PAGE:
“Vogue Australia celebrates its 50th anniversary with a look back over five decades of people, fashions and style setters, the names the faces and the places in Vogue.”
To celebrate Vogue Australia’s 50th anniversary, editor of Vogue Australia, Kirstie Clements and Vogue fashion writer, Lee Tulloch released the ‘fashion bible’ – In Vogue 50 Years of Australian Style.
This lavish book encapsulates a visual fashion journey of Vogue Australia as the magazine celebrates a coming of age.
The book includes images from a wide spectrum of Australian artists, musicians, actors, writers, models and thinkers.
Clements and Tulloch sifted through the fifty-year evolution of Vogue Australia and have showcased the best aspects of the fashion magazine -uniting fashion and the Australian culture.
The book allows you to slip through the ages and witness the pivotal moments in Australia’s fashion history.
“Over the years, Vogue championed Australia’s artists and writers, quizzed its politicians, celebrated its design talent, recorded its society gatherings and tackled serious issues…” said Clements and Tulloch in the foreword of the book.
The ‘fashion bible’ opens with Helmut Newton’s luminous image – the first issue of Vogue Australia released in August 1959. It then follows with the first editor of Vogue, Rosemary Cooper’s acceptance letter outlining that Vogue Australia has united with the Condĕ Nast group– both tremendous moments for Vogue Australia. But was only the beginning.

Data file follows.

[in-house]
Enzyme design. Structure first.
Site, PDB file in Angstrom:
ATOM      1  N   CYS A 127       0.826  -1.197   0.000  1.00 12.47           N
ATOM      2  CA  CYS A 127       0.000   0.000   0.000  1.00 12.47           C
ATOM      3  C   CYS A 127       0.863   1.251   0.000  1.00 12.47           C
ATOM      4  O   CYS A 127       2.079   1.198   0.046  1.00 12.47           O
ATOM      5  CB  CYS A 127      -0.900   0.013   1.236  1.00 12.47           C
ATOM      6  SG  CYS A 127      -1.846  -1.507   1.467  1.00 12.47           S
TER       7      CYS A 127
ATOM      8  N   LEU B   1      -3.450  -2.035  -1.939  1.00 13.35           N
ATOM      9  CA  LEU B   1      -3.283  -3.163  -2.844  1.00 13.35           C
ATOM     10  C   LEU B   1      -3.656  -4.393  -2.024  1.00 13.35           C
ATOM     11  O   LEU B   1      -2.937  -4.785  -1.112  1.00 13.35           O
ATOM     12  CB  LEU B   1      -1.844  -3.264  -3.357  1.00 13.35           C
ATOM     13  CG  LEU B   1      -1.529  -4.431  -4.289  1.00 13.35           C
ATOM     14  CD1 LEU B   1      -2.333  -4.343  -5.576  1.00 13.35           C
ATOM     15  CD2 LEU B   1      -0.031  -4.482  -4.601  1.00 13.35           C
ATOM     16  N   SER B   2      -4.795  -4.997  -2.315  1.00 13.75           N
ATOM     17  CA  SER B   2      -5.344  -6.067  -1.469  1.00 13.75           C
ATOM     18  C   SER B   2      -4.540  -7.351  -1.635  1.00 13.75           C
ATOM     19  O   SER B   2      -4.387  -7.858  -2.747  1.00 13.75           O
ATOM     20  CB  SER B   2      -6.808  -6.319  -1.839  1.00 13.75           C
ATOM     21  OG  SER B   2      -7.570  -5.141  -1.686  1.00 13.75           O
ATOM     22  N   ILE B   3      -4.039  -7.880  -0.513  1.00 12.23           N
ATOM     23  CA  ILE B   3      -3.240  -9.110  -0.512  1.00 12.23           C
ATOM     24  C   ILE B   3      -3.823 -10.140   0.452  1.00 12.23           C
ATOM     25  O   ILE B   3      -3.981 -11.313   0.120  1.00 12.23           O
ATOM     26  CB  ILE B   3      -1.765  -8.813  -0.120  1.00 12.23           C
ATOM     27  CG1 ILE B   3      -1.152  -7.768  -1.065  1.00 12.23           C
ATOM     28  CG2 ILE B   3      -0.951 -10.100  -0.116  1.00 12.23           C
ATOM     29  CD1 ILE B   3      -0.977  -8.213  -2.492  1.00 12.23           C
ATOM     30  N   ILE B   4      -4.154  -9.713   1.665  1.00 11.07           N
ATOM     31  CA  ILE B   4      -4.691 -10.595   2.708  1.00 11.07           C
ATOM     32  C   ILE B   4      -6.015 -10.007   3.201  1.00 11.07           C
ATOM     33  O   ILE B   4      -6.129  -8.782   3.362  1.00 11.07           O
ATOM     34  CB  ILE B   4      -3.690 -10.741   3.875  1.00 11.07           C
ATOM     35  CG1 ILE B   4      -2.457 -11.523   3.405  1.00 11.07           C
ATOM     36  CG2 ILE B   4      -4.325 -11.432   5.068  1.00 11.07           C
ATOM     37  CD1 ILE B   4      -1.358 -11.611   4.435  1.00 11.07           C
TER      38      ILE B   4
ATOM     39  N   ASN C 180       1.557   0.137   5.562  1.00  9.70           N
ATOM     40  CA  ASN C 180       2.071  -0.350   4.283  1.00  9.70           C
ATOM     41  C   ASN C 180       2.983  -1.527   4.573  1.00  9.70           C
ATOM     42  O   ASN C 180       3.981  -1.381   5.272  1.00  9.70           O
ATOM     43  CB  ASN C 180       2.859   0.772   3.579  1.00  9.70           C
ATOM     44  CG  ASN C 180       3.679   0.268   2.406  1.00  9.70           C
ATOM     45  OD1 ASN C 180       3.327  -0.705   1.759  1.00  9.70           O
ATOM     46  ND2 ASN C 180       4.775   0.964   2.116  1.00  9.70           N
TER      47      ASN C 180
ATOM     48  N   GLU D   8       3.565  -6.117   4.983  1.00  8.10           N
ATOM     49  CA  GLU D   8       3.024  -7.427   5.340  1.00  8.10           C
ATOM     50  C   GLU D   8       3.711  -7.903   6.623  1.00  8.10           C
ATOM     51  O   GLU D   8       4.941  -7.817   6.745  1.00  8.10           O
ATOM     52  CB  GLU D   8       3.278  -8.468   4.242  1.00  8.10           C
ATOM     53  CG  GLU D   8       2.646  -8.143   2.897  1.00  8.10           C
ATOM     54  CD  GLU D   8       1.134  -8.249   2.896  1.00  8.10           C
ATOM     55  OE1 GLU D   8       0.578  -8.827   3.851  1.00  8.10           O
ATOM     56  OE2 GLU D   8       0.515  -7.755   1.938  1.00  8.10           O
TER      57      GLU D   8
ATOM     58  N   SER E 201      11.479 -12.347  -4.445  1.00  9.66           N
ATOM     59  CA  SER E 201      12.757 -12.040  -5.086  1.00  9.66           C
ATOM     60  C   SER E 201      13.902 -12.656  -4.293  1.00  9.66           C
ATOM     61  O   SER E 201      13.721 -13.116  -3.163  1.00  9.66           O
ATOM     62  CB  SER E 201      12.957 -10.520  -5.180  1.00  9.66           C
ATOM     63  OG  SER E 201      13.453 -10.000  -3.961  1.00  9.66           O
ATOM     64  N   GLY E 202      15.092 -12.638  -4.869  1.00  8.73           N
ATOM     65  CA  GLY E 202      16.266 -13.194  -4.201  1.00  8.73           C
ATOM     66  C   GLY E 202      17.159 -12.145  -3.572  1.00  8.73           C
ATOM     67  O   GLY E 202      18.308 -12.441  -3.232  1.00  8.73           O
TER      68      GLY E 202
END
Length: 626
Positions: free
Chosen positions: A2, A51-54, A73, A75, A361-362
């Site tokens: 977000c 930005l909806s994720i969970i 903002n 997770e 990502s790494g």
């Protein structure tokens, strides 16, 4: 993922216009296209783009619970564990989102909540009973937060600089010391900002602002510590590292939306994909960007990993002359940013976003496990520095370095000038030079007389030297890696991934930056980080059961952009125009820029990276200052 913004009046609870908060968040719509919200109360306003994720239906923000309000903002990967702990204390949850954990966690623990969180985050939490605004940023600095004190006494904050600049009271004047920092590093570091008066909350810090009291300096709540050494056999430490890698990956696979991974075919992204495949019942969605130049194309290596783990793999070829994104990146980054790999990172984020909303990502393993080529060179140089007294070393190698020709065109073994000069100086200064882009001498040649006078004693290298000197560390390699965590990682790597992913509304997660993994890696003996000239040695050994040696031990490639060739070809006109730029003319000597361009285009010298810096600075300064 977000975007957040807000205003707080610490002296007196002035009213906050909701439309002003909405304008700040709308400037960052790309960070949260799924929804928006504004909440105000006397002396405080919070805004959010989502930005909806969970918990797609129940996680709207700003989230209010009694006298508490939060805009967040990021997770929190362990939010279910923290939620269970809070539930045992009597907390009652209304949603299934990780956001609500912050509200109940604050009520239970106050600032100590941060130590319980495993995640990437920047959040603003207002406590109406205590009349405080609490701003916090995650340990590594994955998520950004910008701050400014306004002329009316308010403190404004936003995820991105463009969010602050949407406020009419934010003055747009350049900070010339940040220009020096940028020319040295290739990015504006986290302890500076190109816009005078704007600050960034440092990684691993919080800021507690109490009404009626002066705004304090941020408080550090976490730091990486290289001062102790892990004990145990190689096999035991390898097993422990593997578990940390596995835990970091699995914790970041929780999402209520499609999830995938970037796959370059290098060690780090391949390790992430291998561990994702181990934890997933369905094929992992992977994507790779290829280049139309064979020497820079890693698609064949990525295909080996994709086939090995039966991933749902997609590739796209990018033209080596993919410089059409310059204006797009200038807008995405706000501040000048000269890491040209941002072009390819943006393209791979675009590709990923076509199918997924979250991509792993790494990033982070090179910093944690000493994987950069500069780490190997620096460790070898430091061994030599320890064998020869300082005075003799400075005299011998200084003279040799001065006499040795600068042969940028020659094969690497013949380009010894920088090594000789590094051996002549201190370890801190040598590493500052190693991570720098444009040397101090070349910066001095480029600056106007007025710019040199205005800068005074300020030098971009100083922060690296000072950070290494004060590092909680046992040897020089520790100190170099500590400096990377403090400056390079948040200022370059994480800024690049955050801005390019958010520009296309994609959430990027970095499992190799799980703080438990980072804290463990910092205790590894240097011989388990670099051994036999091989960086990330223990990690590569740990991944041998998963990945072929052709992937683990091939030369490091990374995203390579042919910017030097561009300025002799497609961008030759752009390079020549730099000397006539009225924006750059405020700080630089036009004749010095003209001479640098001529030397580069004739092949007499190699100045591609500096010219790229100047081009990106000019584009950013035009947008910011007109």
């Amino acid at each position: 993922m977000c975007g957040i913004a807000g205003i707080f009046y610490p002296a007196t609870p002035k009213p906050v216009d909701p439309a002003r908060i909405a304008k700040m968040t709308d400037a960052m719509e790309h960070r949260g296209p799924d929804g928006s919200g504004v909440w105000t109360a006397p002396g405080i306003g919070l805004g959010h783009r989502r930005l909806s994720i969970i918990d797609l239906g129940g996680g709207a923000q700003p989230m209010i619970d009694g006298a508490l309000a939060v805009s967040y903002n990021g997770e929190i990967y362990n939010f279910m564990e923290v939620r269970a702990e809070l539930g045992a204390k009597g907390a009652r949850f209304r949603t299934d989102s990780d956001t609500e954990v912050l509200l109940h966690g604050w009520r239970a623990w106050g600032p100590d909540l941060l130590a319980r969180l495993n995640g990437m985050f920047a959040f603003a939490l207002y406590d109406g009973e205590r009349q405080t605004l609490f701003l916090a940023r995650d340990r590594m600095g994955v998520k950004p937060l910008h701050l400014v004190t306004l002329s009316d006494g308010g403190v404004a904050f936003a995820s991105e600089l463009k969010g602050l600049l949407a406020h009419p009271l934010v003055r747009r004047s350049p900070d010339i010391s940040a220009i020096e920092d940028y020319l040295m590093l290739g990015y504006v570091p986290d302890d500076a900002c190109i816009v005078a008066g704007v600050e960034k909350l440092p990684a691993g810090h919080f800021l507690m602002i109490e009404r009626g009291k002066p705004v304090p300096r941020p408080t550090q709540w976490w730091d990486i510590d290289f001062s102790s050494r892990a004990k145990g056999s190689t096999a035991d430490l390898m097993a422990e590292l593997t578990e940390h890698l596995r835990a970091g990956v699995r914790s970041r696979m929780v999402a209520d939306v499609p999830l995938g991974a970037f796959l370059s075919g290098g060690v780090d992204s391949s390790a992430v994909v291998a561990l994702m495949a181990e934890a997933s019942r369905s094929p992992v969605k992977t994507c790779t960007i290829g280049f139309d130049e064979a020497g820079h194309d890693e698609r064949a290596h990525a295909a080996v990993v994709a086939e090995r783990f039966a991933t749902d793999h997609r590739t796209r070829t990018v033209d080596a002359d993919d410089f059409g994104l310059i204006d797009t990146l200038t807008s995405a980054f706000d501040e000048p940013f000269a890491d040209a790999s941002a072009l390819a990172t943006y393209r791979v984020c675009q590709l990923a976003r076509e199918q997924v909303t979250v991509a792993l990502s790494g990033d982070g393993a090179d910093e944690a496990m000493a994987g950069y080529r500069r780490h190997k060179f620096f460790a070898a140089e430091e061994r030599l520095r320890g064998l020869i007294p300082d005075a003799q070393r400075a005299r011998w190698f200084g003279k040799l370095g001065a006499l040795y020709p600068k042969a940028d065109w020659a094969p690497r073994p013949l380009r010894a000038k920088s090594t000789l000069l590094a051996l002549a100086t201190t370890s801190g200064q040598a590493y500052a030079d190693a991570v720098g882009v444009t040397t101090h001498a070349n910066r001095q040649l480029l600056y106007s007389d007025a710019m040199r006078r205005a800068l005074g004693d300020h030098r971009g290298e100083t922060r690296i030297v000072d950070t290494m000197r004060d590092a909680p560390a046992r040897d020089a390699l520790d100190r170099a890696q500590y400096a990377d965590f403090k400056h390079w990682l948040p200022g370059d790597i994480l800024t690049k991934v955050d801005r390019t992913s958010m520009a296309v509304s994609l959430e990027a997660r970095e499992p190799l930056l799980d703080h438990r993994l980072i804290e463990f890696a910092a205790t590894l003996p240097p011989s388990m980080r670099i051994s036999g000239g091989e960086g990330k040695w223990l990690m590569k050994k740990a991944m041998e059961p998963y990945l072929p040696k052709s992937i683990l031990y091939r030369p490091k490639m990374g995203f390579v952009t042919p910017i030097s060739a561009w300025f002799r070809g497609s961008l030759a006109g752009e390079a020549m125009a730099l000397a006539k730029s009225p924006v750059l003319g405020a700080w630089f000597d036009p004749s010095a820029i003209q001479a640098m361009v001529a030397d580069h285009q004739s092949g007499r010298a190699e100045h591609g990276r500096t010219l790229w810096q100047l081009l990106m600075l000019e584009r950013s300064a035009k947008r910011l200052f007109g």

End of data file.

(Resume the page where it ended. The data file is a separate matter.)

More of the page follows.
Vogue Australia has captured transitional moments in Australia’s culture, fashion and life-style history. The book covers separate time frames, where different issues of concern are addressed through high fashion images and text.
Vogue Australia wasn’t just about fashion, it questioned the norms and discussed the taboos of society covering the topics of sex before marriage, the Pill and woman’s independence.
In the 1970s a new “mood” was announced through the delicate pages of Vogue Australia. Women were invigorated with the ‘new’ freedom in fashion- to dress how they really wanted to without dictation: You could wear white in Winter and there was no need to feel concerned about the length of one’s skirt.
“No longer was there one all-powerful voice in fashion, dragooning women everywhere into wearing the same set uniforms …” said Clements and Tulloch.
The further you look through the book the more there is to be unravelled about the history and growth of Vogue Australia.
As the book unravels, so does a visual comment on Australian society – not just a homage to Vogue
Below are some of the images taken out of In Vogue 50 Years of Australian Style.